I just wrapped up a semester of my Advanced Web Development & Work-based Learning course, and for the first time, the students made web sites for actual clients and earned community service hours! They worked in teams and built web sites for non-profit organizations in the Dorchester community, and presented their sites and experiences at the New England Institute of Art in Brookline on January 17, who so graciously hosted us.
Many thanks to TechBoston for supporting the curriculum, recruiting the clients, and providing prizes for the top 3 teams. The teams were judged according to site design, teamwork, communication, and client satisfaction. By the end of the course, the students not only gained new web development skills, but improved their employability skills. The NWCET and SCANS standards are mapped to the activity.
I am looking forward to another semester and a new group of students and clients!
My juniors made PSA videos last spring and I published them to Google Video after my department hosted an in-school Film Festival. One of the Google videos about teen dating violence was recently viewed by the police force of El Paso, Texas, and they wanted a copy to incorporate into their teen violence training sessions. Cool!
My seniors created an audio time capsule for their class and I posted their MP3s into an “alumni” channel on Garageband.com. You can subscribe to it and have a listen via iTunes but I’ll embed it once I Gcast it. Oh yeah!
Highschooljournalism.org, which hosts school newspapers online (a GREAT tool I set up and introduced to our English department years ago), is now broadcasting school radio shows! A curriculum is provided as well.
I attended the second working session of my collaboration with BATEC on an exciting project funded by the National Science Foundation. The NSF has a series of Advanced Technological Education centers throughout the nation, and I am involved in one here in Boston. ATE centers partner with IT industries to develop best practices, instructional materials, and professional development to better prepare high school and college graduates to excel in high-tech jobs.
I am building a syllabus and a project for my 10th grade Advanced Web Development class which explicitly integrates the NWCET and SCANS standards. It is very useful to be able to document the employability skills and technical skills my students are learning, and to envision synergy between the high school, community college, 4-year college levels and IT industries.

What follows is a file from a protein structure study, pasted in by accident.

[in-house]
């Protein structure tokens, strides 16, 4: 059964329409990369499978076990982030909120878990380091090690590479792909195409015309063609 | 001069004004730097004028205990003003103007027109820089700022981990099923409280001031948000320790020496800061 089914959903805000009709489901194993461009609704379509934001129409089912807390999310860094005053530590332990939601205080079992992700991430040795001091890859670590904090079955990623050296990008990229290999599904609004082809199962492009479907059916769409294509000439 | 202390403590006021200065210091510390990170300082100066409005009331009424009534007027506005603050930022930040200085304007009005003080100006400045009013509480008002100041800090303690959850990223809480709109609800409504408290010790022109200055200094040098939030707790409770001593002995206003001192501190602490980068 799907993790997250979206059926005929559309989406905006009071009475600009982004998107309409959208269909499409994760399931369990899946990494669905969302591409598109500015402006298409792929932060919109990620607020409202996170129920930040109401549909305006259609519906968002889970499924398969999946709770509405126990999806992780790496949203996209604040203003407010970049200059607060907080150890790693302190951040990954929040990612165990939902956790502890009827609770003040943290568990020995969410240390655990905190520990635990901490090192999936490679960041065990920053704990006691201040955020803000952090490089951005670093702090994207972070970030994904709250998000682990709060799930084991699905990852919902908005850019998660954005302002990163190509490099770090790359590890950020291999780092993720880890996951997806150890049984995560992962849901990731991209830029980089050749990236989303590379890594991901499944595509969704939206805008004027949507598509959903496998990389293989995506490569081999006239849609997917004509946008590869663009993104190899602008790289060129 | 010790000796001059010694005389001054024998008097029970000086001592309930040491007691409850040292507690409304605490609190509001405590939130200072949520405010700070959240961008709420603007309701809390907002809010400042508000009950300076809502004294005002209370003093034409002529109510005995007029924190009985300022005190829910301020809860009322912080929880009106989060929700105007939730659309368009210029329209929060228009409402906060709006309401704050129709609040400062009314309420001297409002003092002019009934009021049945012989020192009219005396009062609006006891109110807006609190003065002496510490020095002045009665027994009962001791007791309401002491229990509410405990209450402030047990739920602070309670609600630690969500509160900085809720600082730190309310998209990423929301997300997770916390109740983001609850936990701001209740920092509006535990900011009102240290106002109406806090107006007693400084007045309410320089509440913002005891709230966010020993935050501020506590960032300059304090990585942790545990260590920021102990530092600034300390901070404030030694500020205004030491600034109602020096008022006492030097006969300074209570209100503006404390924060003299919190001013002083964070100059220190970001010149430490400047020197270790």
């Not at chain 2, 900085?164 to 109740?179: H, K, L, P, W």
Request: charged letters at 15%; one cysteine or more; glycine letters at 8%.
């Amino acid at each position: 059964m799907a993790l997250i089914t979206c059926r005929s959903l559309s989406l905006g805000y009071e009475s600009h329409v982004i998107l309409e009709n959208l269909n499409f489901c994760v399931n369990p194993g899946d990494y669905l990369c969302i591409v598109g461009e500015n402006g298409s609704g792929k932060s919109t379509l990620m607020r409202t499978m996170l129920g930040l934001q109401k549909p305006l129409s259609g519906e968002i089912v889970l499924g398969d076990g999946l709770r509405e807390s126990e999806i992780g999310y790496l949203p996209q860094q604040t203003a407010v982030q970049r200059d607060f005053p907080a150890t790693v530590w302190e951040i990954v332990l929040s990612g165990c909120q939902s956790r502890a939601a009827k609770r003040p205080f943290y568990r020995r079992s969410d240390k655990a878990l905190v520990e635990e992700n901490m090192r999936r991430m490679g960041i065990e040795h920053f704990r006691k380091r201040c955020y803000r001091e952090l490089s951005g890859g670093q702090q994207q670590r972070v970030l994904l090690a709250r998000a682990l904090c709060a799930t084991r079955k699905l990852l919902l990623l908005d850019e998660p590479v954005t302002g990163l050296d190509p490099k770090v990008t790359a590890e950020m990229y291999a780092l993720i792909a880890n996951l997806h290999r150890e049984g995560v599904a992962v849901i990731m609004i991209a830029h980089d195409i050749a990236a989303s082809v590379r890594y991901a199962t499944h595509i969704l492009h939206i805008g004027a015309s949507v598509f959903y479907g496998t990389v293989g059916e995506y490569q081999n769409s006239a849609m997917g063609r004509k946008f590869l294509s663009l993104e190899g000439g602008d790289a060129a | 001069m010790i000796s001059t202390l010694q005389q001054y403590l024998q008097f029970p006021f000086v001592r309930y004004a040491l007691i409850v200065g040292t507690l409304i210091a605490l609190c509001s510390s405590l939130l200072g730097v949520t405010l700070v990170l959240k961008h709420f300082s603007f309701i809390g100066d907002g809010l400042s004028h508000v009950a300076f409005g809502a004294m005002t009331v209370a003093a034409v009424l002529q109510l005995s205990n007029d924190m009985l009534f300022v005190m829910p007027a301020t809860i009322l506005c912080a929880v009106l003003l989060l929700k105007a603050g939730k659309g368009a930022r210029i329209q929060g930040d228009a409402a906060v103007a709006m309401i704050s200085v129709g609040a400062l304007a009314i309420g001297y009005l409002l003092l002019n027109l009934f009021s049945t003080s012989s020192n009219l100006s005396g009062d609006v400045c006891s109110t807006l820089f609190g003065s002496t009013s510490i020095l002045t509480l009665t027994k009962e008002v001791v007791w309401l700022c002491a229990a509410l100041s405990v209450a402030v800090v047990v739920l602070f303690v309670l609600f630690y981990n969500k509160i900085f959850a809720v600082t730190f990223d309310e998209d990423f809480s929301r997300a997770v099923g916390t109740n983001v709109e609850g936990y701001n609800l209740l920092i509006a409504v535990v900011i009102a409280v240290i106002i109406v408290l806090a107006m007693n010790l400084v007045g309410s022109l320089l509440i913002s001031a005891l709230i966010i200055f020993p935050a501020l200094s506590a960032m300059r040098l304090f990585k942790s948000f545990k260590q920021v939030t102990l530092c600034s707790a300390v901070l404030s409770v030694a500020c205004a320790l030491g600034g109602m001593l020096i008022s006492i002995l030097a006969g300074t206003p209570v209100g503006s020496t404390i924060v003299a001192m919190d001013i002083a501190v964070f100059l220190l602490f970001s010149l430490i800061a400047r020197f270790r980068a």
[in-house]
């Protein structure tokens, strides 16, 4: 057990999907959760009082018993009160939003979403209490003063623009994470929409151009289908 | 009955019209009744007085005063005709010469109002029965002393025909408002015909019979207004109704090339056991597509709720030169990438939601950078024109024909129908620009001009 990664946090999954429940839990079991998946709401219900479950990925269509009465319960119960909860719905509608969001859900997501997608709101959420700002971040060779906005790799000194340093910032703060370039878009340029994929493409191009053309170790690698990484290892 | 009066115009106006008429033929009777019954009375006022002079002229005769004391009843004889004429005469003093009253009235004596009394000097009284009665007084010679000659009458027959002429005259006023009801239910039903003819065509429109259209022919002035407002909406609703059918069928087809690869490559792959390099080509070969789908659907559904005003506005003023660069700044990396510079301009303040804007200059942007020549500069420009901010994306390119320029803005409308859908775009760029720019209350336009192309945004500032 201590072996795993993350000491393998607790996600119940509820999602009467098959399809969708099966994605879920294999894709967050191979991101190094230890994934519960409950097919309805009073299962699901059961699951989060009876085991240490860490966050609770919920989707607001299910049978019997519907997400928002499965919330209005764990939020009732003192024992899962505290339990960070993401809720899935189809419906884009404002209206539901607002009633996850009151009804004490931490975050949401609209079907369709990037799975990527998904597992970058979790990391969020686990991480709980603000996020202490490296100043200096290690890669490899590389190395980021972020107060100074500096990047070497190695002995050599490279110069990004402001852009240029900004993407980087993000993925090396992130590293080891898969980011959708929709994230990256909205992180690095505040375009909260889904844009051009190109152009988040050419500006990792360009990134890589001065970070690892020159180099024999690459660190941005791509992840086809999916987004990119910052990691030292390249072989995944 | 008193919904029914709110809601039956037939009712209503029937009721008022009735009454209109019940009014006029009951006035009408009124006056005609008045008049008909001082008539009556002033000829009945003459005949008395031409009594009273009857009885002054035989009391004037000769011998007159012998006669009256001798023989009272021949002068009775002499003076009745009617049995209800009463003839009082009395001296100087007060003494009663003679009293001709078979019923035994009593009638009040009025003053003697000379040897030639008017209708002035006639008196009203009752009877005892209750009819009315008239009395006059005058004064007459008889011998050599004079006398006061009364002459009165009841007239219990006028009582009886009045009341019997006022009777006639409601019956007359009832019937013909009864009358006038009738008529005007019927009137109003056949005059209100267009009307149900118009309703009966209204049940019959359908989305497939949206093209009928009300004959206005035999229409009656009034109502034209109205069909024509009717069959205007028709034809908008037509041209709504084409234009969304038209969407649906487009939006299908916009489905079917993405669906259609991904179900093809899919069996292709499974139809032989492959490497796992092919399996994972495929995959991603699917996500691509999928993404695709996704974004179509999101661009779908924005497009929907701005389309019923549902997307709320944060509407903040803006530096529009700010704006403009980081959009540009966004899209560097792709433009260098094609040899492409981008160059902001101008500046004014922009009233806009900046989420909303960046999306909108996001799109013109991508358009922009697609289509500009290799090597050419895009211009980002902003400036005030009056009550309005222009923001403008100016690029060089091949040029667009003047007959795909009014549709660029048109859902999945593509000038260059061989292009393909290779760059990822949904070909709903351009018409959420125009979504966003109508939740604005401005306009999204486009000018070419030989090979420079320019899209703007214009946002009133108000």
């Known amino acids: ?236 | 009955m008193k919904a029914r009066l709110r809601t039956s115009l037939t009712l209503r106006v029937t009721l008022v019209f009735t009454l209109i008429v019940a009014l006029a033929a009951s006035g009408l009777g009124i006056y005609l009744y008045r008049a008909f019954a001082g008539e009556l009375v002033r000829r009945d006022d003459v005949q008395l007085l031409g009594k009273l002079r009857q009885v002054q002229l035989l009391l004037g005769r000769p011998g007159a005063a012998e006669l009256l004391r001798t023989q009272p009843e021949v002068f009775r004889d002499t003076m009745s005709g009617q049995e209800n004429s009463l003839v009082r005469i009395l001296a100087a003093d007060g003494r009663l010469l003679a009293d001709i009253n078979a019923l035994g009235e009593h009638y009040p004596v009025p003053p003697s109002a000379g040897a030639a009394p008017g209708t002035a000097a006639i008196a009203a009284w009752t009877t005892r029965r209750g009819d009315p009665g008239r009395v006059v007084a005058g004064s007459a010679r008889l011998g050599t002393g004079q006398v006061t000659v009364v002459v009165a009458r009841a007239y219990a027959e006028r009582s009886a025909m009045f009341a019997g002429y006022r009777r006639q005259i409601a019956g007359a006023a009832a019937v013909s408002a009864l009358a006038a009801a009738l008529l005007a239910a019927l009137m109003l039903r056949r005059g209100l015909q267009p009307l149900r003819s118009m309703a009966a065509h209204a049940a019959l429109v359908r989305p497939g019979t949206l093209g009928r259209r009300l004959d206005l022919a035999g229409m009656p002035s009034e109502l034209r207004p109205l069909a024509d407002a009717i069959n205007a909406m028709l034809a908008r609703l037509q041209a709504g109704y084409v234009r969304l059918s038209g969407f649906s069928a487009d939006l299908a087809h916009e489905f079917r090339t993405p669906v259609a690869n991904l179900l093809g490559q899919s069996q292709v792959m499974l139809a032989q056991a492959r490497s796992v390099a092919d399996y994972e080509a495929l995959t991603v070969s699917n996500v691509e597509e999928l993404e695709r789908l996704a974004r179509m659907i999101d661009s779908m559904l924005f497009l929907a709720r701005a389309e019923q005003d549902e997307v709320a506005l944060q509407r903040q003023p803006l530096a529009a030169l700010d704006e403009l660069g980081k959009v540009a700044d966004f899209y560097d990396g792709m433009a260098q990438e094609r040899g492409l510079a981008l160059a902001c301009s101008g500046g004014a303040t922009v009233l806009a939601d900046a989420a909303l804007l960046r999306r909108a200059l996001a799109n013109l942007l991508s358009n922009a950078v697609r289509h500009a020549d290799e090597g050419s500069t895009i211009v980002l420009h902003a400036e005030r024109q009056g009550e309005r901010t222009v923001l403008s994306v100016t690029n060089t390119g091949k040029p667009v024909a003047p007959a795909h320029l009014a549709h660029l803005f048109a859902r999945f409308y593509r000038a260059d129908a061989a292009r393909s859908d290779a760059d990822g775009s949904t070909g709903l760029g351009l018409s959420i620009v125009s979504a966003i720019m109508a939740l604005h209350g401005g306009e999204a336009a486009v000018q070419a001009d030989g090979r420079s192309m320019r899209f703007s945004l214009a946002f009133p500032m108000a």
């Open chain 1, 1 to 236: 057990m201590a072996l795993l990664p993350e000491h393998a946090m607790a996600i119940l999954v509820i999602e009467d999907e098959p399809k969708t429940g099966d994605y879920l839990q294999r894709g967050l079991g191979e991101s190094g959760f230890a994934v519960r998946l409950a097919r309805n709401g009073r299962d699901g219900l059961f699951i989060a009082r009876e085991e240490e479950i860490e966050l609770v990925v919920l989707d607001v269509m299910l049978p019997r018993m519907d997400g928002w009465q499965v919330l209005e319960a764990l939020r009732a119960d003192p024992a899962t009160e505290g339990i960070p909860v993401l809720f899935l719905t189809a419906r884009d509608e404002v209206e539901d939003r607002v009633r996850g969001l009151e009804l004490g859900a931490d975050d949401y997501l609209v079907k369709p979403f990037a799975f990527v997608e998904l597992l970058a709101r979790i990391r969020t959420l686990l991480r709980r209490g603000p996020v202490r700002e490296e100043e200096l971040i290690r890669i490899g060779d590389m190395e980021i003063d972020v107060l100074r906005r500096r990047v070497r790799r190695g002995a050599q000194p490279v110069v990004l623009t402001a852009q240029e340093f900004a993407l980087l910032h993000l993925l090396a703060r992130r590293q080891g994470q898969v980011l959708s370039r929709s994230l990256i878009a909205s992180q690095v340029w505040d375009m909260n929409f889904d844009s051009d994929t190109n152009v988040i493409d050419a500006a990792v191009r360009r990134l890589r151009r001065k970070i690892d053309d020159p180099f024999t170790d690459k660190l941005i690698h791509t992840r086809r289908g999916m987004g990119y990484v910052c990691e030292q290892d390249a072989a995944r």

More background info…
The National Science Foundation (NSF) is the federal government’s only agency dedicated to the support of education and fundamental research in all scientific and engineering disciplines. Their mission is to ensure that the United States maintains leadership in scientific discovery and the development of new technologies.
The Advanced Technological Education (ATE) program, under which BATEC is funded, specifically focuses on improving the education of technicians in the areas of science, technology and engineering at the undergraduate and the secondary school levels.
Related Links :
BATEC : Boston Area Advanced Technological Education Connections (http://www.batec.org/)
NSF : The National Science Foundation (http://www.nsf.gov/)
NWCET : The National Workforce Center for Emerging Technologies (http://www.nwcet.org/)
I provided curriculum development and training to TEEN Voices, the magazine published for and by teenage girls. Women Express, Inc. offers a variety of programs, works with girls world-wide, and publishes Teen Voices print and online magazines. I was hired to develop a curriculum which helped teach teen girls how to make an online version of their magazine. I delivered a schedule of weekly objectives, detailed lesson plans, and sample projects to Teen Voices and they were very pleased!
The program is being taught to approximately 50 teen girls in downtown Boston as we speak!